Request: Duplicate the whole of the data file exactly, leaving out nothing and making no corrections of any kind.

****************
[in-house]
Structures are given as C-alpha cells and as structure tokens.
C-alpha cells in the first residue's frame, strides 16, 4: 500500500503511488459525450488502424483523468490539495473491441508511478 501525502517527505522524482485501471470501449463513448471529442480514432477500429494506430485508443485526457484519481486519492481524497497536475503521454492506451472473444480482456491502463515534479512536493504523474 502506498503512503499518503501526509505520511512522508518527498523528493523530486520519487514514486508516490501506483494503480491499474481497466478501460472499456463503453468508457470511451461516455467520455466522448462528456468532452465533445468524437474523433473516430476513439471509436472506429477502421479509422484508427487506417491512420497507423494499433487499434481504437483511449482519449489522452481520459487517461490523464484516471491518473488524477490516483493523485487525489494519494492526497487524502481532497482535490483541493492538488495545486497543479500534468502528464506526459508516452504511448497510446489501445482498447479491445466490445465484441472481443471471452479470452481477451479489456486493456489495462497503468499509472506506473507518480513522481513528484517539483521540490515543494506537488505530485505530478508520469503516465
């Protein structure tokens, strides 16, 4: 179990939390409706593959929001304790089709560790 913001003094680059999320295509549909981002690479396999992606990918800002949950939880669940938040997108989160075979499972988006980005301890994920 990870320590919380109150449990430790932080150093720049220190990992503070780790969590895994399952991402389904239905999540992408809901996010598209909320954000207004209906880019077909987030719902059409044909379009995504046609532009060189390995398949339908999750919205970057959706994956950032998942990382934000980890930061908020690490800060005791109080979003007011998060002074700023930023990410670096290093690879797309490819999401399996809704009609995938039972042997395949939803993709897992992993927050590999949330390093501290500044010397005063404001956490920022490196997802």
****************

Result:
[in-house]
Structures are given as C-alpha cells and as structure tokens.
C-alpha cells in the first residue's frame, strides 16, 4: 500500500503511488459525450488502424483523468490539495473491441508511478 501525502517527505522524482485501471470501449463513448471529442480514432477500429494506430485508443485526457484519481486519492481524497497536475503521454492506451472473444480482456491502463515534479512536493504523474 502506498503512503499518503501526509505520511512522508518527498523528493523530486520519487514514486508516490501506483494503480491499474481497466478501460472499456463503453468508457470511451461516455467520455466522448462528456468532452465533445468524437474523433473516430476513439471509436472506429477502421479509422484508427487506417491512420497507423494499433487499434481504437483511449482519449489522452481520459487517461490523464484516471491518473488524477490516483493523485487525489494519494492526497487524502481532497482535490483541493492538488495545486497543479500534468502528464506526459508516452504511448497510446489501445482498447479491445466490445465484441472481443471471452479470452481477451479489456486493456489495462497503468499509472506506473507518480513522481513528484517539483521540490515543494506537488505530485505530478508520469503516465
């Protein structure tokens, strides 16, 4: 179990939390409706593959929001304790089709560790 913001003094680059999320295509549909981002690479396999992606990918800002949950939880669940938040997108989160075979499972988006980005301890994920 990870320590919380109150449990430790932080150093720049220190990992503070780790969590895994399952991402389904239905999540992408809901996010598209909320954000207004209906880019077909987030719902059409044909379009995504046609532009060189390995398949339908999750919205970057959706994956950032998942990382934000980890930061908020690490800060005791109080979003007011998060002074700023930023990410670096290093690879797309490819999401399996809704009609995938039972042997395949939803993709897992992993927050590999949330390093501290500044010397005063404001956490920022490196997802």